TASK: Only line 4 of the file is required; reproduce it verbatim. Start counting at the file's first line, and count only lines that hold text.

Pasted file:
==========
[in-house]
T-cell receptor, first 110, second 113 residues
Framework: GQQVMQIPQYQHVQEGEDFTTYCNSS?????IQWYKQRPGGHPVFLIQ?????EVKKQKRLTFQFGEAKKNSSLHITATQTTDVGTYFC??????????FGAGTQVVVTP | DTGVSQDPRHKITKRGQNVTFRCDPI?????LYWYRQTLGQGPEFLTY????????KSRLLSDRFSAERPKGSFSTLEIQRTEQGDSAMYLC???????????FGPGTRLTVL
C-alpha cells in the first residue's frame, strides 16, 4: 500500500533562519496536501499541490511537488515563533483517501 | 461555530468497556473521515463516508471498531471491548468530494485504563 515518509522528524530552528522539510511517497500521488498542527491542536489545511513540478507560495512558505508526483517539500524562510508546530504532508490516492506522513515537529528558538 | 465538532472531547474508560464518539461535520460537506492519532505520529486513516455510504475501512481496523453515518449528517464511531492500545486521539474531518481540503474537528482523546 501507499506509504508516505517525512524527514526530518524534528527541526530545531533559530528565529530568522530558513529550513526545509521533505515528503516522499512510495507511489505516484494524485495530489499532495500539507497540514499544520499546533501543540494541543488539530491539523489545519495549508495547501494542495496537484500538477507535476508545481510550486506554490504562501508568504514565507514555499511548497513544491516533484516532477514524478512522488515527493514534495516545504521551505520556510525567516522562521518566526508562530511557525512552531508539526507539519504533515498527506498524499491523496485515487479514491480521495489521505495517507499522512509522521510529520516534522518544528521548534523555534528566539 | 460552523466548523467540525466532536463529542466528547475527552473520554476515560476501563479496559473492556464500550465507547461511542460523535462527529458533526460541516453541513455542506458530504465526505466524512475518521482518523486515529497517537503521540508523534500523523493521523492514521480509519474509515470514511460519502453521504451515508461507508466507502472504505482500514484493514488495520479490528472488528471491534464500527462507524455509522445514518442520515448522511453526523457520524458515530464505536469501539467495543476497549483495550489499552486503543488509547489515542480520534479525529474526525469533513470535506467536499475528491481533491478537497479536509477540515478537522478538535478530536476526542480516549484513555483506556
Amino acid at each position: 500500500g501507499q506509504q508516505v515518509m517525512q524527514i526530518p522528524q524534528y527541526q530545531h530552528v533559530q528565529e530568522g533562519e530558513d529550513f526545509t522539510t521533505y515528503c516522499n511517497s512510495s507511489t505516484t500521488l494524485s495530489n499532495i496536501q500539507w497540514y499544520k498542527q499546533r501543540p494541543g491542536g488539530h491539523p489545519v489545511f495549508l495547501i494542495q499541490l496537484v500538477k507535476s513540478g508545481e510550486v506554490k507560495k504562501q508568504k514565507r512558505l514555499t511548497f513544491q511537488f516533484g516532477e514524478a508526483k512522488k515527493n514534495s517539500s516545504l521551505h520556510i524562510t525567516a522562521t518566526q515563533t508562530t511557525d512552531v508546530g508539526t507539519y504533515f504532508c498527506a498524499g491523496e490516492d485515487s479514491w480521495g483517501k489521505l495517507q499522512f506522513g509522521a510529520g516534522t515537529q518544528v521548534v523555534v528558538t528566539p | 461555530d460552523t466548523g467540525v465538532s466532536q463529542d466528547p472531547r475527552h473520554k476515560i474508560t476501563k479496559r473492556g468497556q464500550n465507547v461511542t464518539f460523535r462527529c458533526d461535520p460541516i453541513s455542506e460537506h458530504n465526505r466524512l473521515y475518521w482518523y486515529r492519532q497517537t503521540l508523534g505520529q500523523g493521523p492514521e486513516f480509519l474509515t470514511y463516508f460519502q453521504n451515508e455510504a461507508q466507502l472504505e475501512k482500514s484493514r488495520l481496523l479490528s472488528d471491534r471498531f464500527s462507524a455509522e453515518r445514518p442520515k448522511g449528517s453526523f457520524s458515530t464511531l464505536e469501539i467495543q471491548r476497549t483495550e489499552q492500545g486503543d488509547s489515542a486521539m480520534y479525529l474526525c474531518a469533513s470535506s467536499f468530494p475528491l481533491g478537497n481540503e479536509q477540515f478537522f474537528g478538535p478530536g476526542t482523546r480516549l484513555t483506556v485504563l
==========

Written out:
C-alpha cells in the first residue's frame, strides 16, 4: 500500500533562519496536501499541490511537488515563533483517501 | 461555530468497556473521515463516508471498531471491548468530494485504563 515518509522528524530552528522539510511517497500521488498542527491542536489545511513540478507560495512558505508526483517539500524562510508546530504532508490516492506522513515537529528558538 | 465538532472531547474508560464518539461535520460537506492519532505520529486513516455510504475501512481496523453515518449528517464511531492500545486521539474531518481540503474537528482523546 501507499506509504508516505517525512524527514526530518524534528527541526530545531533559530528565529530568522530558513529550513526545509521533505515528503516522499512510495507511489505516484494524485495530489499532495500539507497540514499544520499546533501543540494541543488539530491539523489545519495549508495547501494542495496537484500538477507535476508545481510550486506554490504562501508568504514565507514555499511548497513544491516533484516532477514524478512522488515527493514534495516545504521551505520556510525567516522562521518566526508562530511557525512552531508539526507539519504533515498527506498524499491523496485515487479514491480521495489521505495517507499522512509522521510529520516534522518544528521548534523555534528566539 | 460552523466548523467540525466532536463529542466528547475527552473520554476515560476501563479496559473492556464500550465507547461511542460523535462527529458533526460541516453541513455542506458530504465526505466524512475518521482518523486515529497517537503521540508523534500523523493521523492514521480509519474509515470514511460519502453521504451515508461507508466507502472504505482500514484493514488495520479490528472488528471491534464500527462507524455509522445514518442520515448522511453526523457520524458515530464505536469501539467495543476497549483495550489499552486503543488509547489515542480520534479525529474526525469533513470535506467536499475528491481533491478537497479536509477540515478537522478538535478530536476526542480516549484513555483506556